Hops used for making beer
Rick Rudnicki / Getty Images

This marks a change in policy from as recently as last year.

Mike Pomranz
May 12, 2017

One of the recurring narratives when debating the differences between true craft breweries and big beer conglomerates is that craft brewers operate as a supportive community whereas the big boys are run like cutthroat businesses. In a week where Anheuser-Busch InBev really could have benefited from improving its optics following the fallout from their acquisition of Wicked Weed, news has emerged that the world’s largest brewing company is perfectly happy to stick to old stereotypes. The global conglomerate has decided to stop supplying South African hops to all but its own brands, a change in policy from as recently as last year when American craft brewers were able to buy these rare hops on the open market.

Admittedly, brewing beer is a business, and from a business standpoint, AB InBev’s move makes sense on the surface. SAB Hop Farms, previously owned by SABMiller (“SAB” used to stand for South African Breweries, just to help draw the connection), came under AB InBev’s control when it bought out SAB Miller last year.

South Africa isn’t a native hop-growing region, meaning a lot of research and development has been poured into this project to harvest a relatively small amount of hops: AB InBev put the number at “less than 1 percent” of global production. Add to that AB InBev’s assertion that the most recent season resulted in “low yield,” and it’s not hard to see why the massive brewer would want to keep this harvest to themselves.

But some outside of AB InBev’s walls are calling foul. Greg Crum, founder of ZA Hops, the brokerage that was selling SAB Hop Farms’ excess stock in the US, believes the move is “anticompetitive.”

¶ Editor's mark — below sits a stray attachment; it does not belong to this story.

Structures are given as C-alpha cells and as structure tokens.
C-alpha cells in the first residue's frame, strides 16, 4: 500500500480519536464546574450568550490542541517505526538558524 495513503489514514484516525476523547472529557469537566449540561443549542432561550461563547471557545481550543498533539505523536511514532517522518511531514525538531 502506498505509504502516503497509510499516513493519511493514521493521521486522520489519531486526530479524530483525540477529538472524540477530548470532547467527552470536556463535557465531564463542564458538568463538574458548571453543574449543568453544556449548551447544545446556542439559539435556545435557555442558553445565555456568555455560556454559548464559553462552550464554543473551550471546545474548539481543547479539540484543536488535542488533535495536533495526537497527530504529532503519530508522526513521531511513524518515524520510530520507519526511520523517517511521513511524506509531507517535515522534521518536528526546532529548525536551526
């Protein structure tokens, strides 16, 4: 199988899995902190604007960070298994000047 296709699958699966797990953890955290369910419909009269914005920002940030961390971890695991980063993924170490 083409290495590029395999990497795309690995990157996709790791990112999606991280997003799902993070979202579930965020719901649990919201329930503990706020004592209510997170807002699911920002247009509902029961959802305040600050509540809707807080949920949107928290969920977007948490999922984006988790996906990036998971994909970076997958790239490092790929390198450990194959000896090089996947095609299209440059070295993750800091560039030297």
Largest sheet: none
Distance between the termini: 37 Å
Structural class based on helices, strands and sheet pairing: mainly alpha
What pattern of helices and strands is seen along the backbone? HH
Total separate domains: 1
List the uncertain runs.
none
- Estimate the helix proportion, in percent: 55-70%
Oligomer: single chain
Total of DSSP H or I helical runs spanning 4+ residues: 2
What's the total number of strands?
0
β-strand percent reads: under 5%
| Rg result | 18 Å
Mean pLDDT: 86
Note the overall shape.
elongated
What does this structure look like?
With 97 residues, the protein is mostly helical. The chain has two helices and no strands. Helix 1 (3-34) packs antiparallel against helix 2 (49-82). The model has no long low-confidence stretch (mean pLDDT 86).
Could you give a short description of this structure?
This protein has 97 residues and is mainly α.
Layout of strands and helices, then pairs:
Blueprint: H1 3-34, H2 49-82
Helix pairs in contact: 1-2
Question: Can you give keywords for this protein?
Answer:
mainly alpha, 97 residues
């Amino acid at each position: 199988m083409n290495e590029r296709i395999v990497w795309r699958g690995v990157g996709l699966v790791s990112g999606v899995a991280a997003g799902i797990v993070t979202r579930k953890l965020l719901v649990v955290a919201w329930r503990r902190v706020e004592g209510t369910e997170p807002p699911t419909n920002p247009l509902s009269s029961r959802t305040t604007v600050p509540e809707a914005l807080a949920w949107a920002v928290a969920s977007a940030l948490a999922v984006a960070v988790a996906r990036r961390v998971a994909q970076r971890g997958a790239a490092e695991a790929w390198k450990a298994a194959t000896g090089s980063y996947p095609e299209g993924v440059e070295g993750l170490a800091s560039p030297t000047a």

“The goal is to sell the hops internally to their acquired (former) craft breweries, even though they have not been able to sell all the hops as of yet,” Crum told his customers. “Regardless, they refuse to let US craft brewers buy any CY 2017 hops believing this will afford them a competitive advantage in an increasingly competitive marketplace.”

Part of Crum’s frustration is that he believes some of these hops will simply end up in cold storage, even though he says he showed AB InBev it could make more money by selling them on the open market. “They don’t want craft brewers to have them,” he claimed according to Brewbound.

Some brewers echoed Crum’s general sentiment. “Don’t think macro brew acquisitions matters? Today we learned AB InBev is cutting-off all indie breweries from buying South African hops,” San Diego brewer Modern Times Beer posted to Twitter.

Still, the amount of South African hops sold in the US last year was small, under 45,000 pounds by one estimate (compared to the 89 million pounds grown in the US in 2016). And even Brewers Association director Paul Gatza went on the record as saying what AB InBev does with the hops they grow is up to them.

“They can do what they choose to with those hops, assuming that they didn’t have contracts out with those hops to other brewers through brokers,” he told Brewbound.

Meanwhile, in announcing its decision, AB InBev even left the door open for next year. “Depending on the 2018 crop outcome, we may once again be able to sell more hops to breweries outside of South Africa,” ABI global hops procurement director Willy Buholzer said.

So what’s the big deal? Well, regardless of the reasoning, all of this reinforces the original debate point: Despite its continued interest in craft beer, AB InBev doesn’t seem to want to play with the craft beer community. Brewers were using these hops to make some interesting, experimental beers, and now, that ball will be entirely in AB InBev’s court. There’s nothing inherently wrong with running their business this way, it’s just not… let’s just call it, “not fun.”

You May Like